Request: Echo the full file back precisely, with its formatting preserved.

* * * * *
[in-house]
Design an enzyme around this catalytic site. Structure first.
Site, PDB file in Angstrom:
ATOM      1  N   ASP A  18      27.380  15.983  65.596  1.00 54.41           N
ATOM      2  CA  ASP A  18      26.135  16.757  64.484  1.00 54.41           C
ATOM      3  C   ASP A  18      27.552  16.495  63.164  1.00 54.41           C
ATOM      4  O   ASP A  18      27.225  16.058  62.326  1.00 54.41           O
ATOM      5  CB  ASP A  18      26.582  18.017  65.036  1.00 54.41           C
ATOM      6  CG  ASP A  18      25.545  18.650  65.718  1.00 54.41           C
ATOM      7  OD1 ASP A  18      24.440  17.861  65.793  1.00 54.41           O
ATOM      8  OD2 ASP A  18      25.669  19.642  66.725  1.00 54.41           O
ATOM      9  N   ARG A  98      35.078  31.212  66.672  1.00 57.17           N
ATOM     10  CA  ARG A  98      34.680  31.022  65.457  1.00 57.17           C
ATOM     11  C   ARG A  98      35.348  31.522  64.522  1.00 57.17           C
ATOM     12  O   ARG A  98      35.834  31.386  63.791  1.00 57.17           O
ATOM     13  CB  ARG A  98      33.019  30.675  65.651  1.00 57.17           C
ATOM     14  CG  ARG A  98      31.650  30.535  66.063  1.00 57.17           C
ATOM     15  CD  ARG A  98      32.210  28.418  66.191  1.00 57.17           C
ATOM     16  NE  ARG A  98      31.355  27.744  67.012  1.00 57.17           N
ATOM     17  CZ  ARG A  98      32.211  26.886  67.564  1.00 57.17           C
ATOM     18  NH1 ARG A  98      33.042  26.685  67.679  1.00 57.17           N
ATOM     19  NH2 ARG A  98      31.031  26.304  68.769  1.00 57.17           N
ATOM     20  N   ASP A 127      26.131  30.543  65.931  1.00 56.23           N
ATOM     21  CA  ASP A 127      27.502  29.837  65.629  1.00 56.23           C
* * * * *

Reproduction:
[in-house]
Design an enzyme around this catalytic site. Structure first.
Site, PDB file in Angstrom:
ATOM      1  N   ASP A  18      27.380  15.983  65.596  1.00 54.41           N
ATOM      2  CA  ASP A  18      26.135  16.757  64.484  1.00 54.41           C
ATOM      3  C   ASP A  18      27.552  16.495  63.164  1.00 54.41           C
ATOM      4  O   ASP A  18      27.225  16.058  62.326  1.00 54.41           O
ATOM      5  CB  ASP A  18      26.582  18.017  65.036  1.00 54.41           C
ATOM      6  CG  ASP A  18      25.545  18.650  65.718  1.00 54.41           C
ATOM      7  OD1 ASP A  18      24.440  17.861  65.793  1.00 54.41           O
ATOM      8  OD2 ASP A  18      25.669  19.642  66.725  1.00 54.41           O
ATOM      9  N   ARG A  98      35.078  31.212  66.672  1.00 57.17           N
ATOM     10  CA  ARG A  98      34.680  31.022  65.457  1.00 57.17           C
ATOM     11  C   ARG A  98      35.348  31.522  64.522  1.00 57.17           C
ATOM     12  O   ARG A  98      35.834  31.386  63.791  1.00 57.17           O
ATOM     13  CB  ARG A  98      33.019  30.675  65.651  1.00 57.17           C
ATOM     14  CG  ARG A  98      31.650  30.535  66.063  1.00 57.17           C
ATOM     15  CD  ARG A  98      32.210  28.418  66.191  1.00 57.17           C
ATOM     16  NE  ARG A  98      31.355  27.744  67.012  1.00 57.17           N
ATOM     17  CZ  ARG A  98      32.211  26.886  67.564  1.00 57.17           C
ATOM     18  NH1 ARG A  98      33.042  26.685  67.679  1.00 57.17           N
ATOM     19  NH2 ARG A  98      31.031  26.304  68.769  1.00 57.17           N
ATOM     20  N   ASP A 127      26.131  30.543  65.931  1.00 56.23           N
ATOM     21  CA  ASP A 127      27.502  29.837  65.629  1.00 56.23           C